The game is utterly gorgeous. Neo Paris ranges from dirty slums overflowing with memory addicts and hooker-bots to a pristine city shopping mall, and the attention to detail is great. Little electronic billboards tell you about shops (even if you can’t visit them), advertisement billboards are constantly chatting about the newest thing, and the world on a whole felt fairly alive, which is surprisingly for a game as linear as this. The characters as well, on a whole, are fairly likeable. Nilin has to confront the shadows of her past and the sins she committed in her past life, struggling with the choice of doing something awful for a greater good or doing nothing and letting the world crumble. Edge has an air of superiority and almost a god-complex about him, but his care for Nilin and everyone in the city seems quite genuine. The two compliment each other well and make for an interesting narrative.
Now, with all that said, this sounds like a pretty great game, doesn’t it? Highly recommended? Well, there are some faults that I would be remiss if I didn’t mention. This is a very linear game and suffers from a surprisingly short campaign which, according to steam, took me about eight hours to complete. On top of that, while the combat and memory remixing mechanics are good and work, they’re both very cramped in this game, having to share room with the other in what is ultimately a pretty short game. The memory remixes especially are rare, with only four in the game! The combat begins to get very samey at about the halfway point in the game, which is a shame with how deep it could have been. The enemy variety isn’t the worst problem here, it’s mainly just that the game is forced to focus on combat and doesn’t push its interesting system as hard as it can. Free running, while fun, feels very linear and directed, which makes the game feel a little scripted and claustrophobic. The cast of characters, as I previously mentioned, is good, but unfortunately because the game is so short the good supporting characters hardly get any screen time, which is very disappointing. One character in particular I expected to end with a huge confrontation with towards the end that simply never happened, the character herself only being involved in like two or three scenes total.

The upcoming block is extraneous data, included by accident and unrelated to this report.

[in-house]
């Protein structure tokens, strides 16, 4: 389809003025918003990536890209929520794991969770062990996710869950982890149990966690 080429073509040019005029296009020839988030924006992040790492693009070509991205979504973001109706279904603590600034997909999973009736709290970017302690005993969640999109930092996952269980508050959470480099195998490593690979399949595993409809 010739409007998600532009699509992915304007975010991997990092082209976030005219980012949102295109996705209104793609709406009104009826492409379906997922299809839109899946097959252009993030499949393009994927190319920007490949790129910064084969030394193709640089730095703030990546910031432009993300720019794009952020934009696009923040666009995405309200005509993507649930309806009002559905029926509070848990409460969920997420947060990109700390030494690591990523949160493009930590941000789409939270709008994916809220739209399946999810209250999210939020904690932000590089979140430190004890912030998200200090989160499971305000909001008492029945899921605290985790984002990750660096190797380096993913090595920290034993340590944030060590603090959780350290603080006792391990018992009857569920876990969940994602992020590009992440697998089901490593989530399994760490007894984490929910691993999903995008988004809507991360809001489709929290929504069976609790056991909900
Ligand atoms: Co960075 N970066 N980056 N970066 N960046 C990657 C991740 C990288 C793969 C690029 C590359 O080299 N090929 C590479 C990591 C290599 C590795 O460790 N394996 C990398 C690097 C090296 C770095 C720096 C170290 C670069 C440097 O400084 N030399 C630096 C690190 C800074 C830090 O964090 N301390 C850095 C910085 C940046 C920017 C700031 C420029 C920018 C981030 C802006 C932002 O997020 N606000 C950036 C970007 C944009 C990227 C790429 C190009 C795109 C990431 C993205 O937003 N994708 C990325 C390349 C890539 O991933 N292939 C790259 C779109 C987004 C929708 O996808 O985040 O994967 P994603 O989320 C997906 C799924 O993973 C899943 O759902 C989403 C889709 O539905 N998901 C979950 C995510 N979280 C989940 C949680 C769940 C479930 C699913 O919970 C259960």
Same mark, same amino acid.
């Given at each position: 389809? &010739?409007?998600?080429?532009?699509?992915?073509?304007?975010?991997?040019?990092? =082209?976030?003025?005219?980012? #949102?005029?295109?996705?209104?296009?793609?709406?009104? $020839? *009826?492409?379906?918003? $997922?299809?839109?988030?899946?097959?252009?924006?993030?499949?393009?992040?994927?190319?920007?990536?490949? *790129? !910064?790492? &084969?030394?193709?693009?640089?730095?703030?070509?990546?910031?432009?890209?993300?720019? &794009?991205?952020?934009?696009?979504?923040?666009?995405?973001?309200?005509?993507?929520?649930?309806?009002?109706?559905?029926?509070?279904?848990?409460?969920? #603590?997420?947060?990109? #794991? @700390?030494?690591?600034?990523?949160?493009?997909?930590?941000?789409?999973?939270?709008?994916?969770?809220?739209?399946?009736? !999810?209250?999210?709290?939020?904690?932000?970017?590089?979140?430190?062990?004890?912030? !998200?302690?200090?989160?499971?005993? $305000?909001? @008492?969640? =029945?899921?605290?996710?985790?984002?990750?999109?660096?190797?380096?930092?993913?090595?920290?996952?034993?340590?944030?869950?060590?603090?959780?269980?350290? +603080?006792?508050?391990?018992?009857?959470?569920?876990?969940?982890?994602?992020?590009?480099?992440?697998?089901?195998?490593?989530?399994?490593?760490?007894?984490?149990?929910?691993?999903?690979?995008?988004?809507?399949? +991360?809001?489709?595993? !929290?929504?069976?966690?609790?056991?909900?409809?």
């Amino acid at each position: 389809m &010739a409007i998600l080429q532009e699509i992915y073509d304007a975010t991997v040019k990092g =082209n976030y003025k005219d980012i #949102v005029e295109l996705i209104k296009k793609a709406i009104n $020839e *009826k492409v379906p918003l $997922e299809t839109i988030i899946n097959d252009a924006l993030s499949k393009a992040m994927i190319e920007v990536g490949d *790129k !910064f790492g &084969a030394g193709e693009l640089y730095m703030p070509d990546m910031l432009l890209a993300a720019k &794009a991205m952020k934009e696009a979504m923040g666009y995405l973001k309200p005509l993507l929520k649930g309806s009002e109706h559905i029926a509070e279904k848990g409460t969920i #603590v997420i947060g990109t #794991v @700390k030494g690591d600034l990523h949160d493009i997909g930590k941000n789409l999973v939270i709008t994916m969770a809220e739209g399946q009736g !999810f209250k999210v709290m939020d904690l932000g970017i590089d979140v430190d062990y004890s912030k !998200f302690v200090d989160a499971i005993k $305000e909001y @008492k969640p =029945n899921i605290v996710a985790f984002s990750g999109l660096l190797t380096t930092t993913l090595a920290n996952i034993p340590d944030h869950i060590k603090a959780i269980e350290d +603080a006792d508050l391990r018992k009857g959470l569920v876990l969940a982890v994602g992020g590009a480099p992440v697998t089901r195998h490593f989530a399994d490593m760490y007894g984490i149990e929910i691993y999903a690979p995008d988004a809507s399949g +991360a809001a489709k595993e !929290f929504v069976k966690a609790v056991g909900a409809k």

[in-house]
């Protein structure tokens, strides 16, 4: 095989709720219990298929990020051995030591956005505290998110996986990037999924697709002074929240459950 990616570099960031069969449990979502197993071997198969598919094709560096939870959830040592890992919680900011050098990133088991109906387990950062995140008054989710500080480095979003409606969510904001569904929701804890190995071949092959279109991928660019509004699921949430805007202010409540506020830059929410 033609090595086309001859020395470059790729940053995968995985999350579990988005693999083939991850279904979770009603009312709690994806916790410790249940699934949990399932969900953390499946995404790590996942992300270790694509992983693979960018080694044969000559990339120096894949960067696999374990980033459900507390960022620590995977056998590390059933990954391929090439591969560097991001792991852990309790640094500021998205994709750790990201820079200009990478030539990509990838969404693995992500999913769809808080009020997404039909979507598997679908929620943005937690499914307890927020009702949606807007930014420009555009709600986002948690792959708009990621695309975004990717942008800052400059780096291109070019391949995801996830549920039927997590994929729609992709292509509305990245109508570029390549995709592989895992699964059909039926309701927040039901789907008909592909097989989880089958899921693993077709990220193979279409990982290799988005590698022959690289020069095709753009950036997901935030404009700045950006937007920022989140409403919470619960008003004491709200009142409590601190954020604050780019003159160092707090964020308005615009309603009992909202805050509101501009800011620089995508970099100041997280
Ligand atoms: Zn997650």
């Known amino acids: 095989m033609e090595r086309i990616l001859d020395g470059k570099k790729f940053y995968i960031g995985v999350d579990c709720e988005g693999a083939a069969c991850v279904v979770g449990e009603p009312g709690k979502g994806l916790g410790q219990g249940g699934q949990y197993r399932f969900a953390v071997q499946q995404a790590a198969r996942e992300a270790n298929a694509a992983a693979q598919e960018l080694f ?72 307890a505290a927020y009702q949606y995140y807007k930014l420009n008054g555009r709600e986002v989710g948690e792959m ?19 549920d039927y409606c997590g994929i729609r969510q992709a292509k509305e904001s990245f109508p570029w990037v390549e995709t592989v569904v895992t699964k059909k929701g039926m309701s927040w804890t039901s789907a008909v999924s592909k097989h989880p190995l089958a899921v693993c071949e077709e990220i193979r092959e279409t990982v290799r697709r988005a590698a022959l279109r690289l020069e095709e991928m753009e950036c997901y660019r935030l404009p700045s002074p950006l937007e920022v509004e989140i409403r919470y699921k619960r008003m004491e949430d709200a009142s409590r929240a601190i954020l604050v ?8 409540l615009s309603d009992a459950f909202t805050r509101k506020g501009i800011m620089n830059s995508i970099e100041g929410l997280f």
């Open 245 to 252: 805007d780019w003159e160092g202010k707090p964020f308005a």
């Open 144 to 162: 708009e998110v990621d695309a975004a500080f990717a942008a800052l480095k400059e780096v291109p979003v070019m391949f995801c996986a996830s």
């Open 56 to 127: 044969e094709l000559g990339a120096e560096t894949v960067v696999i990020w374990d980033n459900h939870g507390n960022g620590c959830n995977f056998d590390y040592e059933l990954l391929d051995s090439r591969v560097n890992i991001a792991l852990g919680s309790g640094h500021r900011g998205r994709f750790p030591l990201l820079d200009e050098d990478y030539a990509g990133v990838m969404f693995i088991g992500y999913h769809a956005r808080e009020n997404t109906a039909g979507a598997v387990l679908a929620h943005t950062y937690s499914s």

Lastly… the story. Now let me say right away that because of the strong characters and well crafted world that I did enjoy the story. However, like many other parts of the game, it feels unrealized. With a story trouncing around with amnesia, memory manipulation and the sharing of memories, you’d expect some huge plot twists that leave you completely shocked. While there are a few twists in this game, they were very underwhelming. I watched Yahtzee’s review prior to writing this and he put it well, saying that he was trying to spot the plot twist throughout the story and when it finally came, he realized that all the twists he came up with were way better than the real one. That’s kind of where I ended up: I wanted the story to be more invasive, more surprising, and deeper. What I got wasn’t bad… just a little disappointing.
On a whole, however, I was pleasantly surprised with Remember Me. It isn’t exactly a sleeper hit, but it had enough interesting mechanics and a world crafted with enough care that I’m certainly happy I experienced it through at least once. If nothing else, it makes me hope for a sequel where some of these mechanics can get overhauled and given the attention they deserve. More importantly, a deeper story that explores this world in much more detail. Until then, while I wouldn’t recommend this game at a full retail price, you’d certainly be able to find it at a more than reasonable price on steam. If you’ve got the cast and some time for a unique game, I’d recommend giving it a shot.
I give Remember Me a 3 out of 5.